But some state and local politicians have taken the precise opposite approach. Rather than work together with the federal government to discharge our shared duty, they do everything they can to impede federal law enforcement. The politicians who have established sanctuary jurisdictions apparently believe it is more important to help criminal aliens evade the law than it is to protect the safety of law-abiding individuals.
And I want to be clear who I am talking about. These policies are designed to protect, and do protect, criminal aliens – that is, aliens whom state or local police have arrested for some other state or local crime.
These policies have nothing to do with people who came to this country illegally, but have otherwise tried to be productive and peaceful members of our society. The very purpose of these policies is to release criminals onto the streets rather than turn them over to federal law enforcement for deportation as federal law requires.
Americans everywhere bear the cost of such policies. Innocent people are threatened and hurt by criminal aliens whom local jurisdictions have set free in the face of federal immigration detainers. Law enforcement officers in the field are put in harm’s way when criminals are freed rather than deported. And tragically, it is often the very immigrant communities that these policies supposedly protect that are most harmed when criminal aliens are returned to the streets.
These sorts of sanctuary policies also put several of you in an impossible position. State or local political leaders pass laws or enact policies that forbid you from cooperating with federal law enforcement. And you are then caught between these misguided rules and your duty to protect your community by turning over criminal aliens to federal law enforcement.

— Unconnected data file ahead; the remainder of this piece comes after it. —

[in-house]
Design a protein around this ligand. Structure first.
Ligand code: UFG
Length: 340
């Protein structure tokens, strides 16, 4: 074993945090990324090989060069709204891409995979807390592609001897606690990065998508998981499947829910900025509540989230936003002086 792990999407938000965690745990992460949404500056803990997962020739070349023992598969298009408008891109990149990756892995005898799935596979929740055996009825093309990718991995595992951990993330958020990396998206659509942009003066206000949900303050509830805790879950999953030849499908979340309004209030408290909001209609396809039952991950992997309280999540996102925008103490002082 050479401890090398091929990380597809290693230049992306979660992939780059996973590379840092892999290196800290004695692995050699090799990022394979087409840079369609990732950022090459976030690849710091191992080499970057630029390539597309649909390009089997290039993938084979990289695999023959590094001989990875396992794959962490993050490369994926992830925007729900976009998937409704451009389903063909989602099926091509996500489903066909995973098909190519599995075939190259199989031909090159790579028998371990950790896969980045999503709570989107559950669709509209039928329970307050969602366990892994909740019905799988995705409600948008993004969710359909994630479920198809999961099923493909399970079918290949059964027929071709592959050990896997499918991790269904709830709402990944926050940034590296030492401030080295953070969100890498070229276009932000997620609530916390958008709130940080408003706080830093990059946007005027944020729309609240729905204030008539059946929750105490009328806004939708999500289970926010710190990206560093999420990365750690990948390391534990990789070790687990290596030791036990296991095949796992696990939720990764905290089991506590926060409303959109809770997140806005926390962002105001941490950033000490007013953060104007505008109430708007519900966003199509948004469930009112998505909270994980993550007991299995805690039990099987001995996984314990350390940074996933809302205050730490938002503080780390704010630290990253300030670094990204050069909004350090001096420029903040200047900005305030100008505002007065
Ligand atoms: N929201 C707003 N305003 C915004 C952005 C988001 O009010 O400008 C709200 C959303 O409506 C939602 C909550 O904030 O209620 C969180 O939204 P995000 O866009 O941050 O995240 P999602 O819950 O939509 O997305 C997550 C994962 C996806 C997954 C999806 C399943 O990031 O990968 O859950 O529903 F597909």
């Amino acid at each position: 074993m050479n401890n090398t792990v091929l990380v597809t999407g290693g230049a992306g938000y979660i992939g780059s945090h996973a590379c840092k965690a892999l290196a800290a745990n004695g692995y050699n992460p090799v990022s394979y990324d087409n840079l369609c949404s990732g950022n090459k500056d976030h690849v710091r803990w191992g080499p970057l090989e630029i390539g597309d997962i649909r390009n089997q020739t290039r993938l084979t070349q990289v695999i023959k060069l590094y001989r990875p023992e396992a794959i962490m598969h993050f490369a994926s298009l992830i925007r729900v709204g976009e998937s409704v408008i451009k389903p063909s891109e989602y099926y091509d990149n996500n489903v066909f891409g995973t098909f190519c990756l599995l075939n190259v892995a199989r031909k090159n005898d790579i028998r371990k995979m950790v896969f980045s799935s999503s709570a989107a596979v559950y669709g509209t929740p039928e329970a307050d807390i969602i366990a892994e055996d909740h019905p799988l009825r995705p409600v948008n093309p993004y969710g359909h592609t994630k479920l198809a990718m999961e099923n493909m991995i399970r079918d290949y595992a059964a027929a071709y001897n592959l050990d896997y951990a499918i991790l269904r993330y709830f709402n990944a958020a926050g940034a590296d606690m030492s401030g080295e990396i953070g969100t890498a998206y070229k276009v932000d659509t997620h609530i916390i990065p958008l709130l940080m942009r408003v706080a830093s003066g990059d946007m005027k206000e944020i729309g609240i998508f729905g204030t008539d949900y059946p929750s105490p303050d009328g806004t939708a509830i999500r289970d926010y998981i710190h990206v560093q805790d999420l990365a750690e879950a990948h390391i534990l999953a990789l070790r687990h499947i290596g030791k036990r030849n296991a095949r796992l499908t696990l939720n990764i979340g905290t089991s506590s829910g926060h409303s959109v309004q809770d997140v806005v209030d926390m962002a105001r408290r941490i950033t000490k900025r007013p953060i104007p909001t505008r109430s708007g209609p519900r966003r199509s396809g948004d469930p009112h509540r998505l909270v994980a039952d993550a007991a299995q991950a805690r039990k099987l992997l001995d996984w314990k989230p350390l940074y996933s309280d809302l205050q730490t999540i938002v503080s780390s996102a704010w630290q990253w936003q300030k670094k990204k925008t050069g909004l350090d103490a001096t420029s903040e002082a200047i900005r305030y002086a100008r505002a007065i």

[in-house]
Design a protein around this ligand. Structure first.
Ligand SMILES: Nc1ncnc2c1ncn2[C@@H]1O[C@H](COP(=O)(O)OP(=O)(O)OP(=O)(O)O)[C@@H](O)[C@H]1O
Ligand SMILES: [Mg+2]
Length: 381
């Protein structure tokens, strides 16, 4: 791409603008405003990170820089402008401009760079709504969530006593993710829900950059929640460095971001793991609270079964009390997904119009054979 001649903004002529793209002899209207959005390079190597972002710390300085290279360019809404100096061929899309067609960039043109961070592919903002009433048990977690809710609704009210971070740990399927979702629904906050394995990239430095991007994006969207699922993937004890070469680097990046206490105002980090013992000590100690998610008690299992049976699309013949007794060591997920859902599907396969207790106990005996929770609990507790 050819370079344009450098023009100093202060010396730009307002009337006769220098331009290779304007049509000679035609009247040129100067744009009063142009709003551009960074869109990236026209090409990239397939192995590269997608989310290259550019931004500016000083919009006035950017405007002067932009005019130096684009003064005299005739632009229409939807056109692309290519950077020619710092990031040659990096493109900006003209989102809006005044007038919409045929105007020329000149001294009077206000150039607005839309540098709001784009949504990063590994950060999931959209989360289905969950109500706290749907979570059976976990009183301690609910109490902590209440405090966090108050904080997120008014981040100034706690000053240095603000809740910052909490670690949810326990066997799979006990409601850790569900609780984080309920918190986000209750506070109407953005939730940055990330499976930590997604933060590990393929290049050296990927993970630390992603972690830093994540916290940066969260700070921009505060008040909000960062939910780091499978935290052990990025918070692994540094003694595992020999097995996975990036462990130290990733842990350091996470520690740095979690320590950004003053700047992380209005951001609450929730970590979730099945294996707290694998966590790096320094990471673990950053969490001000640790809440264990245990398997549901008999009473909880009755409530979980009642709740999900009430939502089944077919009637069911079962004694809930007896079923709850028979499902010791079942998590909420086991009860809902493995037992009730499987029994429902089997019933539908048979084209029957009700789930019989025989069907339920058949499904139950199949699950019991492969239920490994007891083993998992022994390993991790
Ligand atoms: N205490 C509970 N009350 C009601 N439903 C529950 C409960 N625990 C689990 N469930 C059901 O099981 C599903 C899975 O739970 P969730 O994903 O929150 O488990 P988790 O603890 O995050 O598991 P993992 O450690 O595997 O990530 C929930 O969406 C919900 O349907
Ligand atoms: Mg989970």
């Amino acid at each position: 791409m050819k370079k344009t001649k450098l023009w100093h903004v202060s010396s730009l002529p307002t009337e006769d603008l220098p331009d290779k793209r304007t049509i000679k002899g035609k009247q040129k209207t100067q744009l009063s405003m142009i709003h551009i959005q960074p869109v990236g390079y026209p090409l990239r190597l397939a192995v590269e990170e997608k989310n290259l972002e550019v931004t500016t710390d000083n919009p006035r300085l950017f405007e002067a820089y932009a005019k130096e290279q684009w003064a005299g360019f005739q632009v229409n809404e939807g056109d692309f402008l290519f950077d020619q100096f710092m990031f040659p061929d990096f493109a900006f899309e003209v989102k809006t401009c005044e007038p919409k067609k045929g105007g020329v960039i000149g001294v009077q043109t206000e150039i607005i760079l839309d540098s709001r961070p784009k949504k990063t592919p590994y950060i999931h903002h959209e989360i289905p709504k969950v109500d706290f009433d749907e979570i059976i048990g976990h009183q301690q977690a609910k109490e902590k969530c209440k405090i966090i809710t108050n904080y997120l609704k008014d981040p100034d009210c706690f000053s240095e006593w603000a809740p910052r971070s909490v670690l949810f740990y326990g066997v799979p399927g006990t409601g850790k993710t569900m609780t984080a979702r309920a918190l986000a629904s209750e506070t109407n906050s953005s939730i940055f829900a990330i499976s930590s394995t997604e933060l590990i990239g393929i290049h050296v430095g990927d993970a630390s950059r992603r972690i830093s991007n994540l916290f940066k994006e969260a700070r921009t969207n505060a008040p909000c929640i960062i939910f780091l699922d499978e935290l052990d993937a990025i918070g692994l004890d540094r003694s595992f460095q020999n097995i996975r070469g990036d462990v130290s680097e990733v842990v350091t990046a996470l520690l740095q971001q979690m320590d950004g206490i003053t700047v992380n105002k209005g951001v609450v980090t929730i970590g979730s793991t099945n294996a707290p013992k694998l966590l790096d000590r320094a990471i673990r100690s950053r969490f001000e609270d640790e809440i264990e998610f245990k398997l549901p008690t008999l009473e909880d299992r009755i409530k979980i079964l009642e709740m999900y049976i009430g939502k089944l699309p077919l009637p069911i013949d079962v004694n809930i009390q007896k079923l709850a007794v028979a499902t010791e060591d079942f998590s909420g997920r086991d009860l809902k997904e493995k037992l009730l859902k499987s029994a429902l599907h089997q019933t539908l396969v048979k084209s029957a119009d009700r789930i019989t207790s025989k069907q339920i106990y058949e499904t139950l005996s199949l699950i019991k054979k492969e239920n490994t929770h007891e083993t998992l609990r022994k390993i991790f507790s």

But help is on the way. We at the Justice Department believe, and are currently arguing in court, that many of the laws and rules in sanctuary jurisdictions are unlawful. States do not have the power to regulate the presence of aliens in the United States in a way that obstructs Congress’s regulation of aliens.
The Department of Justice has therefore taken concrete steps to eliminate the dangerous laws and policies in these sanctuary jurisdictions.
- Foremost, the department sued the State of California to enjoin numerous state laws that attempted to frustrate federal immigration enforcement. We prevailed on several of our claims in the lower courts, and we are hopeful that the Supreme Court will grant our request to review the remaining issues and side with us against California’s obstructionist policies.
- The department yesterday filed a complaint against the State of New Jersey seeking declaratory and injunctive relief against its laws that forbid state and local law enforcement from sharing vital information about criminal aliens with DHS.
- Yesterday, we also filed a complaint seeking declaratory and injunctive relief against King County, Washington – which includes the city of Seattle – for a policy it recently adopted that forbids DHS from deporting aliens from the United States using King County International Airport.